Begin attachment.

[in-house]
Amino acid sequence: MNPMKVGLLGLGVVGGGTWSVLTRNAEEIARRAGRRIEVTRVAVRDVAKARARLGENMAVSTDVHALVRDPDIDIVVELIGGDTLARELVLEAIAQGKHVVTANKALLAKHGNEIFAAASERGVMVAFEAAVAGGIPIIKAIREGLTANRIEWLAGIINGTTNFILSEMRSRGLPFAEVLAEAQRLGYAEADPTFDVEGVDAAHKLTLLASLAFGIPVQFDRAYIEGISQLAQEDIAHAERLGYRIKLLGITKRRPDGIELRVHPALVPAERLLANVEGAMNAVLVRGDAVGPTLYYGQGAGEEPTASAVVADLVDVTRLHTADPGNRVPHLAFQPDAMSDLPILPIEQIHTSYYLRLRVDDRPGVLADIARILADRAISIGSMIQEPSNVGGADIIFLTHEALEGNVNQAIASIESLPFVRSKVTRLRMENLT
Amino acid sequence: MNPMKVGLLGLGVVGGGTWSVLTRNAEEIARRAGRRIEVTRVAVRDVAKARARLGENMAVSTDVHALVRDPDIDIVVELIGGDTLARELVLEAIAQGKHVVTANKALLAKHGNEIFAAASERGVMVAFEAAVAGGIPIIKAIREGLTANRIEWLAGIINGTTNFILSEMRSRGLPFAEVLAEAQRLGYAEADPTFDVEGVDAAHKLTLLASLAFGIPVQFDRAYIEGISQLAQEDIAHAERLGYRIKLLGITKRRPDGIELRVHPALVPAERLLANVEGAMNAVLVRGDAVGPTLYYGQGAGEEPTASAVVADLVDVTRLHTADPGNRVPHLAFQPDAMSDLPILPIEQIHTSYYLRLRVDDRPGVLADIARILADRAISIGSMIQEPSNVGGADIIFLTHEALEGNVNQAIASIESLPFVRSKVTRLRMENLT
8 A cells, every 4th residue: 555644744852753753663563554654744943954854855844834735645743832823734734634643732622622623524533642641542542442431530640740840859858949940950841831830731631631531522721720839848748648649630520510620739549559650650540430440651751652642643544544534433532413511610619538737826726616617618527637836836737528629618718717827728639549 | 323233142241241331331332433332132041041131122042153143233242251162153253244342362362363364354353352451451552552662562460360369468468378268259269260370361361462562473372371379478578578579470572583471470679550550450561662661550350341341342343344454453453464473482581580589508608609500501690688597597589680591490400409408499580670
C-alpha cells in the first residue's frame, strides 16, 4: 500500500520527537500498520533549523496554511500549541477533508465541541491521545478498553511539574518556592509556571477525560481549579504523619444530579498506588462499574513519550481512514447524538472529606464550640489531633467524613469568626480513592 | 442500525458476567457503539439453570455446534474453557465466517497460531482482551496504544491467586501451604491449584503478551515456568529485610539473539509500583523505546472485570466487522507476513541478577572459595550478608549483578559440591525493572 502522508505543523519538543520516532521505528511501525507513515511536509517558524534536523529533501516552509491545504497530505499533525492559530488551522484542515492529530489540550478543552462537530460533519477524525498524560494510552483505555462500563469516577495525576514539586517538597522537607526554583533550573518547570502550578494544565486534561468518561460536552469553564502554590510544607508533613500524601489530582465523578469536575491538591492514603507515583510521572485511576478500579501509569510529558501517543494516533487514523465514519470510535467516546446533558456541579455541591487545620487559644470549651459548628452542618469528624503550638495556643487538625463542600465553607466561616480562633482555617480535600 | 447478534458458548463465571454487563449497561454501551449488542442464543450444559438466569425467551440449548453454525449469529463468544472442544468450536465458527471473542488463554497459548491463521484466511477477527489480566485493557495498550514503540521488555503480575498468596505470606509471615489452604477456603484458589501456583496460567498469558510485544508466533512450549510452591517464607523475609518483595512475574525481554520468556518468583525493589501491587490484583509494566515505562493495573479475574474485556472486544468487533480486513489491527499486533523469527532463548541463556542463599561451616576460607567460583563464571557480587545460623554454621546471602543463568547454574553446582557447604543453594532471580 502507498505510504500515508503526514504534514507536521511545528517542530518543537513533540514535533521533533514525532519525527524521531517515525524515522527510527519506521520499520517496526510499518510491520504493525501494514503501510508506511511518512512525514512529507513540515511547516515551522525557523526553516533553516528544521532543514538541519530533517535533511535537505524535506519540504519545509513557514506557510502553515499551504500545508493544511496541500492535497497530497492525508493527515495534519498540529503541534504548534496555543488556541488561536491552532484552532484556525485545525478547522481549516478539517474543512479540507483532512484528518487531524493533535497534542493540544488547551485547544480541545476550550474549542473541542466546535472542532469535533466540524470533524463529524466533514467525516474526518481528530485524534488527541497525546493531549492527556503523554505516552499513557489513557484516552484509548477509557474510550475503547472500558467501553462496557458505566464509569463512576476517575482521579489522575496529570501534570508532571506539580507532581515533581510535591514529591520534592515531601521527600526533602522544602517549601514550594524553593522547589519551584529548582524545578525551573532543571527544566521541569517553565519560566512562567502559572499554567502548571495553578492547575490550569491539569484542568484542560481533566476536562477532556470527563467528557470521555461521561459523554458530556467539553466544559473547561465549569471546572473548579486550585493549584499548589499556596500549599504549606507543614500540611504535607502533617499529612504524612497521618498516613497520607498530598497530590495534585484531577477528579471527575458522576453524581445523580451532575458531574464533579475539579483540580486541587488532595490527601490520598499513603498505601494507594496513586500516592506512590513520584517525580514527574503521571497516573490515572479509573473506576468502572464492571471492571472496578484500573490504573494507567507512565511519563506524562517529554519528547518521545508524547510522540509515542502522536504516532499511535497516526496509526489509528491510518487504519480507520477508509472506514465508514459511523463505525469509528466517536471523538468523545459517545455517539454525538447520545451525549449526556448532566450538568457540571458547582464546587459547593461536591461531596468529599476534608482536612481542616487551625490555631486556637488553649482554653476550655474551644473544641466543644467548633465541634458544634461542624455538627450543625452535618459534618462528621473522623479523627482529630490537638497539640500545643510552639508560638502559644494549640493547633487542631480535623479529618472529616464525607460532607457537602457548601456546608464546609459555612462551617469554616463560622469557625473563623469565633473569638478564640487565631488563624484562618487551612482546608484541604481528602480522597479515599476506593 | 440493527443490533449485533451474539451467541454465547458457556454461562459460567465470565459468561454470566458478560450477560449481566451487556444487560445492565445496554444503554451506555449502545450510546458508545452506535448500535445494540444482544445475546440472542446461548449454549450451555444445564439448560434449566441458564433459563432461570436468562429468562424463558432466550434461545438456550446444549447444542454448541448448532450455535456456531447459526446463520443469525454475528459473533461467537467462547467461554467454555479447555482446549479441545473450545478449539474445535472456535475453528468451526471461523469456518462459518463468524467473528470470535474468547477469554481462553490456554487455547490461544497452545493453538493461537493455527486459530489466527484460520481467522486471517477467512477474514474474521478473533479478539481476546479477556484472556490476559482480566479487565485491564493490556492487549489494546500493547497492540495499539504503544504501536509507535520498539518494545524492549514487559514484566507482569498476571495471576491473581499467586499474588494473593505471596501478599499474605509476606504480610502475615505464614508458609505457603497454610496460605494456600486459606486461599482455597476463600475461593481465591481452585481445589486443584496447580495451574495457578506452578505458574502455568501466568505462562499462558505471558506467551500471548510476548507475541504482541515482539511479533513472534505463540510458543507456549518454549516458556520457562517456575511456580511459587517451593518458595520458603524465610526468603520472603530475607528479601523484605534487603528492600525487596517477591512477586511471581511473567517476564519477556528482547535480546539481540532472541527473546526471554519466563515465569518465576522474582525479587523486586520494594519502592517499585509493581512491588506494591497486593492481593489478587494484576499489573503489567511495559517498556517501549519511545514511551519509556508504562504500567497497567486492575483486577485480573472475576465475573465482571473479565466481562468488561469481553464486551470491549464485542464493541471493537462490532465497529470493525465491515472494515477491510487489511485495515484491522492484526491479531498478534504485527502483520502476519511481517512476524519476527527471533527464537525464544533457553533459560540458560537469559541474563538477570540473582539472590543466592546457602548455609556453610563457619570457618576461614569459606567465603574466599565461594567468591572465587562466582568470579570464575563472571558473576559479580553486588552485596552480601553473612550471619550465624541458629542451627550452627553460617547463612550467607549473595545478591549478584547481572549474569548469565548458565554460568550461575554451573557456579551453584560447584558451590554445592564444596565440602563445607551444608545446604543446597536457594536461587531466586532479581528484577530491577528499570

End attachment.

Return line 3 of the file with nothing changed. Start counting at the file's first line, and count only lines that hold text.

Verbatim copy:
Amino acid sequence: MNPMKVGLLGLGVVGGGTWSVLTRNAEEIARRAGRRIEVTRVAVRDVAKARARLGENMAVSTDVHALVRDPDIDIVVELIGGDTLARELVLEAIAQGKHVVTANKALLAKHGNEIFAAASERGVMVAFEAAVAGGIPIIKAIREGLTANRIEWLAGIINGTTNFILSEMRSRGLPFAEVLAEAQRLGYAEADPTFDVEGVDAAHKLTLLASLAFGIPVQFDRAYIEGISQLAQEDIAHAERLGYRIKLLGITKRRPDGIELRVHPALVPAERLLANVEGAMNAVLVRGDAVGPTLYYGQGAGEEPTASAVVADLVDVTRLHTADPGNRVPHLAFQPDAMSDLPILPIEQIHTSYYLRLRVDDRPGVLADIARILADRAISIGSMIQEPSNVGGADIIFLTHEALEGNVNQAIASIESLPFVRSKVTRLRMENLT